For companies with self-funded health plans, a third-party administrator (TPA) is a vital piece of the employee benefits puzzle. From helping build an employee benefits plan to claims management, TPAs lift the administrative burden, so HR has time to manage day-to-day employee needs.
Third-party administrators may be ubiquitous, but that doesn’t mean you know the answer to “what is a TPA?” With so many acronyms floating in the insurance ether, it’s understandable that you might overlook this one. After all, a TPA should integrate with your business so smoothly that they feel like an extension of it.
What is a TPA?
A TPA administers services for self-insured (also known as self-funded) employers. According to the Society of Professional Benefits Managers, TPAs handle over 60% of the health benefits for workers in non-federal benefits programs.
Individual states license third-party administrators. In most cases, self-funded companies rely on comprehensive-service TPAs to handle all aspects of their employee benefits plan administration. Most have health plans, manage the day-to-day administration of employee benefits, review and process claims, and coordinate with insurance carriers.
The TPA can adjust health plans to meet changing needs and helps employers achieve a higher level of flexibility than if they contracted directly with a health insurance plan. For many employers, outsourcing administration is often more cost-effective than handling those duties in-house.
We usually think of TPAs in relation to employee health benefits, but their business arrangements can vary. For instance, some specialty TPAs might only administer retirement or financial benefits.
Some of what TPAs can handle on behalf of your company include:
- Benefits plan design
- Benefits management
- COBRA administration
- Cost-containment strategy
- Customer service
- Risk management
- Claims management
- Premium collection
- HIPAA, ERISA, and other reporting compliance
How can a TPA help employers?
Designing and administering a benefits plan. Typically, a TPA will work 1:1 with self-funded clients. In this relationship, the TPA functions almost like an arm of the employer’s benefits team. A TPA working directly with a client will design a custom benefits plan to meet their needs and, once they’ve landed on a plan, take on the administrative duties. That means TPAs are there to answer customer service questions from employees, process claims, and make sure employers remain compliant with state and federal regulations. For instance, a TPA can help employees maintain ERISA compliance and submit their Form 5500 (see our post All You Need to Know About Form 5500 for more).
Plan data analysis for cost-containment. Third-party administrators gather plenty of claims data and, in the best-case scenario, can use it to help drive better healthcare choices. For instance, TPAs know when employees request a preauthorization or precertification. That gives them a window into the types of service employees seek even before they need a procedure or provider visit. With the right technology, a TPA can use that data to guide employee healthcare decisions.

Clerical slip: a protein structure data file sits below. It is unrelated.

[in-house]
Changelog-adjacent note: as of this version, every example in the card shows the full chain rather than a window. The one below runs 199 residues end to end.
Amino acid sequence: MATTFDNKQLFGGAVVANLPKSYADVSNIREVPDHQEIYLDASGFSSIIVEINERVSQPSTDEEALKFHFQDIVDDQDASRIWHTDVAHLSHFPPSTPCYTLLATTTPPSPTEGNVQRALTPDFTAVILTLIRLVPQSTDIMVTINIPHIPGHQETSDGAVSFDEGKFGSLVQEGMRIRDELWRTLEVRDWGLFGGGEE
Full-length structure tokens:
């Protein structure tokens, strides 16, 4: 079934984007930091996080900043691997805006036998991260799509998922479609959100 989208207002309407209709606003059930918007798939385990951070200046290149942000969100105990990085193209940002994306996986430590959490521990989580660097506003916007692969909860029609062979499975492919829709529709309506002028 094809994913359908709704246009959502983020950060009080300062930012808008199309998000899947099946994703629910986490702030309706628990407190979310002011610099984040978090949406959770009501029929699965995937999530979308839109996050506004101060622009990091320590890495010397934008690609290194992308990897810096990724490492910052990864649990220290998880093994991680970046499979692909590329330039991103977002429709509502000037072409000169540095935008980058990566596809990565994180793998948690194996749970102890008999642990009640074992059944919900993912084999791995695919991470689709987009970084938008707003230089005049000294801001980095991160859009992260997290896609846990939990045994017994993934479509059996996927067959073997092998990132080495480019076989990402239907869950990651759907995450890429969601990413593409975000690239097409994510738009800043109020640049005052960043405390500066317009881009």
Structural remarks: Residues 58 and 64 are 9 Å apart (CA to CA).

Integrating with carrier insurance. A TPA integrates with insurance carriers directly, which helps facilitate claims processing and other administrative services. The insurance industry is complex, and TPAs are vital because of their role in making it more accessible to employers. Insurance companies themselves may also “outsource” some benefits administration duties to a TPA.
How is technology changing how TPAs work?
Employees now expect to find their insurance benefit details on their mobile devices. In one 2018 study from PWC, 53% of employees said they’d prefer to review benefits information digitally, as opposed to 25% who preferred to do face-to-face. Twenty-two percent preferred a mix of digital and face-to-face review.
On the one hand, this sets tech-savvy TPAs up to succeed. There’s never been more instant consumer feedback, greater access to utilization data, or more insight into consumer healthcare behavior. Using that data to improve the employee experience represents a shift in the way TPAs work.
On the other hand, TPAs who don’t embrace tech advancements could create a negative experience for employees. Working with a forward-thinking TPA is key to unlocking higher employee benefits satisfaction for self-funded employers. Because they often have a hand in building your cost-containment strategy and access to insightful data, a TPA is perfectly poised to help you contain costs and improve the employee experience. The right TPA will recognize the opportunity to get ahead of your employees’ poor healthcare decisions and contain costs.
Learn More About HealthJoy TPA+
Choose HealthJoy TPA+ to leverage your TPA’s claims, precertification, and insurance verification data. Enable proactive outreach in the precise moments that matter to drive down healthcare costs. Learn more.